As innate and adaptive immune responses are mounted, they receive support from other body systems and processes including the complement system. The complement system is a network of membrane-bound and soluble protein factors that are engaged in three main pathways: classical complement pathway involving C-reactive protein (CRP), lectin pathway involving collections and mannose-binding lectin (MBL), and the alternative complement pathway. Activation of the complement cascade ultimately leads to cell lysis.19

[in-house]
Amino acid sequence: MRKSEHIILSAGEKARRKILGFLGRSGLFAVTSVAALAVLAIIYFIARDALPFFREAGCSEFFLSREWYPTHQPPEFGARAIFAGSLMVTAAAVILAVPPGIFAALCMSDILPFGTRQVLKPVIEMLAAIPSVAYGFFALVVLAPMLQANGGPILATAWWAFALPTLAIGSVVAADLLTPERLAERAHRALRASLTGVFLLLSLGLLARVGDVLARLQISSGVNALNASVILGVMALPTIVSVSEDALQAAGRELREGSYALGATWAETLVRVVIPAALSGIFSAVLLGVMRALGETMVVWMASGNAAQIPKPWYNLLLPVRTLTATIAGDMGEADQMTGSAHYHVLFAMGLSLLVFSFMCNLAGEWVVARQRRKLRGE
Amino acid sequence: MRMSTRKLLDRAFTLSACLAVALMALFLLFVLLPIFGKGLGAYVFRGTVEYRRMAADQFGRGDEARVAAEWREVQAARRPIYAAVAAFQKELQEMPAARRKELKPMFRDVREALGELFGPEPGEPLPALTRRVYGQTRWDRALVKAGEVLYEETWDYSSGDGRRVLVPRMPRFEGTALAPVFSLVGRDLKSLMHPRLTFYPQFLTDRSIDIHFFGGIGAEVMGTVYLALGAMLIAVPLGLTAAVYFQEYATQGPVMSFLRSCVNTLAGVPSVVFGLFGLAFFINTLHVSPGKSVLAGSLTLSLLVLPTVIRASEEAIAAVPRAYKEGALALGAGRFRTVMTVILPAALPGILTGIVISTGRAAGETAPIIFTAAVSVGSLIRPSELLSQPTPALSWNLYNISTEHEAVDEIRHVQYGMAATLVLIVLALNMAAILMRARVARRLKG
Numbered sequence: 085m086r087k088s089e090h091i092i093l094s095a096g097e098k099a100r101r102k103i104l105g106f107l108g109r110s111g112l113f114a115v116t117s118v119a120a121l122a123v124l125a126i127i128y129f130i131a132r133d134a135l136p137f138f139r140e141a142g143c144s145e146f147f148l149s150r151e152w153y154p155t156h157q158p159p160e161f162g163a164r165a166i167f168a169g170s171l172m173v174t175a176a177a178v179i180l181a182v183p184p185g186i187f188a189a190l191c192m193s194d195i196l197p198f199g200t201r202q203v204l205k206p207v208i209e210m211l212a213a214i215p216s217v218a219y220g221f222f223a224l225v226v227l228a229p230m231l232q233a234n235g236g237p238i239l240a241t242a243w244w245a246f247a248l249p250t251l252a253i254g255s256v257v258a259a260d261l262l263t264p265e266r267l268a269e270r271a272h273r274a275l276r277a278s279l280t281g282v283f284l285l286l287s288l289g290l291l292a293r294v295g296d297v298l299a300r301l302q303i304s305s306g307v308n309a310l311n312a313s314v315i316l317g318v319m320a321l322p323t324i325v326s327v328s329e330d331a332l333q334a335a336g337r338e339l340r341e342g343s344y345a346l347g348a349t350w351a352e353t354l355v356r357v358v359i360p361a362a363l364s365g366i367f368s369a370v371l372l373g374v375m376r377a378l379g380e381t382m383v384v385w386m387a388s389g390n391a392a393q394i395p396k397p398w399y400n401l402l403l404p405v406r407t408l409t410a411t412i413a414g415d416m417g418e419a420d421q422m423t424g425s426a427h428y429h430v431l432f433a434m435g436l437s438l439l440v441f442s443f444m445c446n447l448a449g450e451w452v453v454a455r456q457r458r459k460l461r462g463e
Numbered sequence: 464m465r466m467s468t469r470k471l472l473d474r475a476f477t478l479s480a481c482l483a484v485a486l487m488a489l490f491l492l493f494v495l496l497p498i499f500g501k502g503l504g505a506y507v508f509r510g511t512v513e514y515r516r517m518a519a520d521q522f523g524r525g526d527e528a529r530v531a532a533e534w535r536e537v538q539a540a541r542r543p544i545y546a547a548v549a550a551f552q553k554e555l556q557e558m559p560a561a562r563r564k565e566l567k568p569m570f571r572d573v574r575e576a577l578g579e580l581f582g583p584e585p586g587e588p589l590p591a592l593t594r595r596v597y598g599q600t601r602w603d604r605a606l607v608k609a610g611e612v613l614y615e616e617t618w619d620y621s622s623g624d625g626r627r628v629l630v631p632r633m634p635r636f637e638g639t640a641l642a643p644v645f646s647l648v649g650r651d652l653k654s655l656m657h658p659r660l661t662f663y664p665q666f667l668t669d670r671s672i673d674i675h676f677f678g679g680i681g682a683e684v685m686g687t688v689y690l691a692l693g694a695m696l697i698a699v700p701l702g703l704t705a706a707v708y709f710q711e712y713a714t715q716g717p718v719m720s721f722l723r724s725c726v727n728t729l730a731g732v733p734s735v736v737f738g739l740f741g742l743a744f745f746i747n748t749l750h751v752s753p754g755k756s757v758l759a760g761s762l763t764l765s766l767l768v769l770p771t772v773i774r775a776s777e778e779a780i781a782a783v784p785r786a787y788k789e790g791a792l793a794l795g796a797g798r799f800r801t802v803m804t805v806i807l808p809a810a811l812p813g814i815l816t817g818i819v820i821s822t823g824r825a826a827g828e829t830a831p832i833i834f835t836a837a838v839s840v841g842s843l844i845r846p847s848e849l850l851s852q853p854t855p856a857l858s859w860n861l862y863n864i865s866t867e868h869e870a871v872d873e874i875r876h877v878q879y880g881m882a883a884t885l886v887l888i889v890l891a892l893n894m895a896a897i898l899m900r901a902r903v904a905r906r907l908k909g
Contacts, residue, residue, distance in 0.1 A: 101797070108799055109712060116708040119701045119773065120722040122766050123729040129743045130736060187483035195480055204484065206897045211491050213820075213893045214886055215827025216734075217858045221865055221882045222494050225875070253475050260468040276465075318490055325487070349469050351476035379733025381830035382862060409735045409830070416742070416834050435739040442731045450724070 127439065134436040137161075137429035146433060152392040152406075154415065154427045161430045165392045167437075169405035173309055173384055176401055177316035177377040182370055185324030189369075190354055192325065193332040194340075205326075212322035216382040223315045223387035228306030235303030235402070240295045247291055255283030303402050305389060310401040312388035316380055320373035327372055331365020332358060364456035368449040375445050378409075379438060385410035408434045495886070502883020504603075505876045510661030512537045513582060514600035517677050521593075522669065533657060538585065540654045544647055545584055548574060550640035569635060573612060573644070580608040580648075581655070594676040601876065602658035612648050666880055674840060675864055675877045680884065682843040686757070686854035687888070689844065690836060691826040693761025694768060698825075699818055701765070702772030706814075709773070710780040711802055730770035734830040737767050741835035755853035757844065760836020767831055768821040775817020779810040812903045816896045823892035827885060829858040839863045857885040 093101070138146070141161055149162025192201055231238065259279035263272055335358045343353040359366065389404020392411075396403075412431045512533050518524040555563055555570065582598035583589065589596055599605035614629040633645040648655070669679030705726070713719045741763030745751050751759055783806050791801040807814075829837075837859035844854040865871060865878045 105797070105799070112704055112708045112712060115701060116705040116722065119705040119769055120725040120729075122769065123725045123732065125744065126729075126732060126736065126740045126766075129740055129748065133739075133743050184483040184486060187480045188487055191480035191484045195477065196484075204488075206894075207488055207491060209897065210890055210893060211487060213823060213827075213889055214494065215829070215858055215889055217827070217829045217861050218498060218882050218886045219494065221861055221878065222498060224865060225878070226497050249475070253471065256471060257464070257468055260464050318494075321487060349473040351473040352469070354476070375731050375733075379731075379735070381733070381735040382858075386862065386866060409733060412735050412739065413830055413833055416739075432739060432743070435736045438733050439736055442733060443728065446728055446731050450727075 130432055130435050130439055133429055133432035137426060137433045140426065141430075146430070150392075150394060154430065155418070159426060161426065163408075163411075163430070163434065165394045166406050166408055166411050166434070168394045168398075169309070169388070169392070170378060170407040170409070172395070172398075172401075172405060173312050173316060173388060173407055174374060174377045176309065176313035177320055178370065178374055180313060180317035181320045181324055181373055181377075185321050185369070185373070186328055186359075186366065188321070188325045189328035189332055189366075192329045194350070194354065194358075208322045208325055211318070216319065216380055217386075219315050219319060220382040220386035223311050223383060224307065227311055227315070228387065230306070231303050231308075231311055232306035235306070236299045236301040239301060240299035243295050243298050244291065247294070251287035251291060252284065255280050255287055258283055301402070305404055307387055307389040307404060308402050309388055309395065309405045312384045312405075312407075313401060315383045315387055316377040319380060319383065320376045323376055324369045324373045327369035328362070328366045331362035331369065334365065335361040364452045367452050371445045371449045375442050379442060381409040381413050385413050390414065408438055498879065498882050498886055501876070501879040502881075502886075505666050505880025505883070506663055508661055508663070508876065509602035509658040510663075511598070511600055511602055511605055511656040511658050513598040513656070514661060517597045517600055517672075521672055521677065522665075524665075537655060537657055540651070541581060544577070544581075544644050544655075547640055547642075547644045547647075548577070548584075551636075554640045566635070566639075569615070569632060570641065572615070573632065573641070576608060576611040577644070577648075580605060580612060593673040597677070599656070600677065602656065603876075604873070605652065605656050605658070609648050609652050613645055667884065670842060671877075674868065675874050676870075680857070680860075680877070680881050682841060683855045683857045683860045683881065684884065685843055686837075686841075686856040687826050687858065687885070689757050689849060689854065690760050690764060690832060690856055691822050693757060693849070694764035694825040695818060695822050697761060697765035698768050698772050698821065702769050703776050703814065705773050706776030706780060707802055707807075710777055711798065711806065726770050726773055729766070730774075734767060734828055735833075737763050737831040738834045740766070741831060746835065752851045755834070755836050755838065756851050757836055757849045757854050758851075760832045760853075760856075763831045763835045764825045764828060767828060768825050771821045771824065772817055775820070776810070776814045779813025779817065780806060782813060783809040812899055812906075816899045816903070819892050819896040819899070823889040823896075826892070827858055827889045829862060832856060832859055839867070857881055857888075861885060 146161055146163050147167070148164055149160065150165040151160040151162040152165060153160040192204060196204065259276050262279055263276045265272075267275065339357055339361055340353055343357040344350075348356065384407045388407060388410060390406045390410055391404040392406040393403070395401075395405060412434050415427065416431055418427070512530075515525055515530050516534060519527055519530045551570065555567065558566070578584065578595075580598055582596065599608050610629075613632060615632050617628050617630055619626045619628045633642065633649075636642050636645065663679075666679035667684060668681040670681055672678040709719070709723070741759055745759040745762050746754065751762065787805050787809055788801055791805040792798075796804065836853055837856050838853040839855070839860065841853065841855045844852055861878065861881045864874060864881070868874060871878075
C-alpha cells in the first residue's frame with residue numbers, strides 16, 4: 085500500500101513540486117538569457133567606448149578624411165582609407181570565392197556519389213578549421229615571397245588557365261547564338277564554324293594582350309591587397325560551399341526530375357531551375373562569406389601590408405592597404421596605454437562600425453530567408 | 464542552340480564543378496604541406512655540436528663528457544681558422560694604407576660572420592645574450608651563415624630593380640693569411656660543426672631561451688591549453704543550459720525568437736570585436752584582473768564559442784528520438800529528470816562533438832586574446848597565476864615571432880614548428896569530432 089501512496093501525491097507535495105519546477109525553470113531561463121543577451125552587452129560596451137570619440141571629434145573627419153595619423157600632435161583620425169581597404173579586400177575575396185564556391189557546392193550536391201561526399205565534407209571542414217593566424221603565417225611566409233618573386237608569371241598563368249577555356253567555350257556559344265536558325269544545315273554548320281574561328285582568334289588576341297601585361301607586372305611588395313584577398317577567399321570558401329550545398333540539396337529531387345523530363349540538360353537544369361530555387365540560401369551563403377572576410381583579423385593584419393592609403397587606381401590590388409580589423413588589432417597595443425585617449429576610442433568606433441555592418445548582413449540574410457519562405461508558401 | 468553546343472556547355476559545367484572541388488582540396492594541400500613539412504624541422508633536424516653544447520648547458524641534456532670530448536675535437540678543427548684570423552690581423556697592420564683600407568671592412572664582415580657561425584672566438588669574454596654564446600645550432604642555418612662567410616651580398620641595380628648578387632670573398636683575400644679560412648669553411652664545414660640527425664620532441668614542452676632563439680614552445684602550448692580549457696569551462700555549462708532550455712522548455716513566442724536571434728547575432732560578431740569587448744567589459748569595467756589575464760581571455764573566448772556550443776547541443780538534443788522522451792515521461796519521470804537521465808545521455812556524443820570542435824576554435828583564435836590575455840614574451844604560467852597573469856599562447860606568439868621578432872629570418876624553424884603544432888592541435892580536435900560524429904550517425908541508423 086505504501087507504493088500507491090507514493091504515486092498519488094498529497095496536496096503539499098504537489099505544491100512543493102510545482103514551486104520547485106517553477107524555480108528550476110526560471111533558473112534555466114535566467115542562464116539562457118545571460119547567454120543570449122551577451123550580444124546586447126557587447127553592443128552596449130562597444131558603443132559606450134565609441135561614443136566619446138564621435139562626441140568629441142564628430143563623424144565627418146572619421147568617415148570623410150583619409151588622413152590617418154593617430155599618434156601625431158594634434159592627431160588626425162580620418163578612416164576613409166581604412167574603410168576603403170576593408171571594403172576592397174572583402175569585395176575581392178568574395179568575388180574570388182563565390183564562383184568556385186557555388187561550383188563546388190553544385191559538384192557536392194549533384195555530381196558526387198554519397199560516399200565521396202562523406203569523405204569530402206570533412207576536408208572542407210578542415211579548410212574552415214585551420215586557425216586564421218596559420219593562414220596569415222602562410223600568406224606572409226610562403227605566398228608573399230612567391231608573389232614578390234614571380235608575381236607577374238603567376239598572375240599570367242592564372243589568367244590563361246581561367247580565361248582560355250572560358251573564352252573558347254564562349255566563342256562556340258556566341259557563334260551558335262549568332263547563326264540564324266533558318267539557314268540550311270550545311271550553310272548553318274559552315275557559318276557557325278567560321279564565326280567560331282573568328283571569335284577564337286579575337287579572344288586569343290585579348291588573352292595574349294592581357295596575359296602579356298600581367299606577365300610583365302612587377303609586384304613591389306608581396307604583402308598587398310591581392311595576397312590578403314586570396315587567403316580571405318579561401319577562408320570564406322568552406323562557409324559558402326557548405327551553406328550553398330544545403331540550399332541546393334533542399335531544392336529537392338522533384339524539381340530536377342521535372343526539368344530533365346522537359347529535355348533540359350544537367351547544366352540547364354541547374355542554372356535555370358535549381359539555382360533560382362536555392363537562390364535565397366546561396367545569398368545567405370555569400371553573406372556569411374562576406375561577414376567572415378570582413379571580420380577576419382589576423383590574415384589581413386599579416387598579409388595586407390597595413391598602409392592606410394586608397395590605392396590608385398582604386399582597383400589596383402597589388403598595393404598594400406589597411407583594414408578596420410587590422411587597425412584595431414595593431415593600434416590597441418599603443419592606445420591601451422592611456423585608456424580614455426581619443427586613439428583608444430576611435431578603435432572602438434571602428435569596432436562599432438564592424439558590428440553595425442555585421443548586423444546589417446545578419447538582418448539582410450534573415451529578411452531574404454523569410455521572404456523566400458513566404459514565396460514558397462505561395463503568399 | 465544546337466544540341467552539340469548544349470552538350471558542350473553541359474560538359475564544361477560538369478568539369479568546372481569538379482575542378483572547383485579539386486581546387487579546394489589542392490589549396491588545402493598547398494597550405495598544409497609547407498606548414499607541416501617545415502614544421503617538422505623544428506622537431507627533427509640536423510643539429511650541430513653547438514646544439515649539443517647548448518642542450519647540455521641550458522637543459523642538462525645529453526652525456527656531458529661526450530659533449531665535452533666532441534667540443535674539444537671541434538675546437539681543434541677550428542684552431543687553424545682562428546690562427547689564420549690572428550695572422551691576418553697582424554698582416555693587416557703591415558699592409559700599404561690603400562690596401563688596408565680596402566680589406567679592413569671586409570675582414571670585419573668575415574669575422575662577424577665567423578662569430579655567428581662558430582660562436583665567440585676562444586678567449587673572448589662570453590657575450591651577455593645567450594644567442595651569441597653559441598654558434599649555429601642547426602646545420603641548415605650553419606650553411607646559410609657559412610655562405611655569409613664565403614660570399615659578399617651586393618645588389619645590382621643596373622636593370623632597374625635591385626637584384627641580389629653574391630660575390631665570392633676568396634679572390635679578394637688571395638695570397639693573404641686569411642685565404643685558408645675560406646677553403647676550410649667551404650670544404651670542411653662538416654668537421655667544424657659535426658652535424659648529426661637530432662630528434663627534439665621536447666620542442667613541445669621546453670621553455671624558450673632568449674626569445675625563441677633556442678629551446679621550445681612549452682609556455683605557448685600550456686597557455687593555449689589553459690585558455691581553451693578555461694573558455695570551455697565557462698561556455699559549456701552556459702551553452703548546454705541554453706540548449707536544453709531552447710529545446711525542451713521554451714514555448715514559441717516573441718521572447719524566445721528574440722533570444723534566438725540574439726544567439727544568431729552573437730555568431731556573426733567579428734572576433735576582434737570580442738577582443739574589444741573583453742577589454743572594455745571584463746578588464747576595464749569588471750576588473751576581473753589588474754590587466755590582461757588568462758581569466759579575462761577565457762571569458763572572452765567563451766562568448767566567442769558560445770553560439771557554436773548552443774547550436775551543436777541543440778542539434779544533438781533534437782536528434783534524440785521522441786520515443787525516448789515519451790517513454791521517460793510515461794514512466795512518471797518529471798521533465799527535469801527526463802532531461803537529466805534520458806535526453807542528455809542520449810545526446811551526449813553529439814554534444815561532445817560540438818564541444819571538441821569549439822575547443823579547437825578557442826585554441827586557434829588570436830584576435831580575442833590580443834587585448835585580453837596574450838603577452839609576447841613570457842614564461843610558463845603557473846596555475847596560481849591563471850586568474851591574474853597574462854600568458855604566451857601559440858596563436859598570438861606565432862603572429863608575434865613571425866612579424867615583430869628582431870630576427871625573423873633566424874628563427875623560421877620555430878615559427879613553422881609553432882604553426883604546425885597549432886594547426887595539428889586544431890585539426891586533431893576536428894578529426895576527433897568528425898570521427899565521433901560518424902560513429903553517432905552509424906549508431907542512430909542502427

Immunophenotyping of cells using flow cytometry

Flow cytometry is the key technique widely used to identify immune cell populations of interest based on types of surface markers and antigens. In addition to identifying lymphocyte subsets, the technique also enables isolation of rare cell types, detection of intracellular cytokines and quantitative analysis of cells. BD Biosciences offers several research cell sorters, cell analyzers and a comprehensive dye portfolio to support immunology research.

For a modular high-parameter immunophenotyping panel, try our pre-optimised BD Leukocyte Panel Blocks.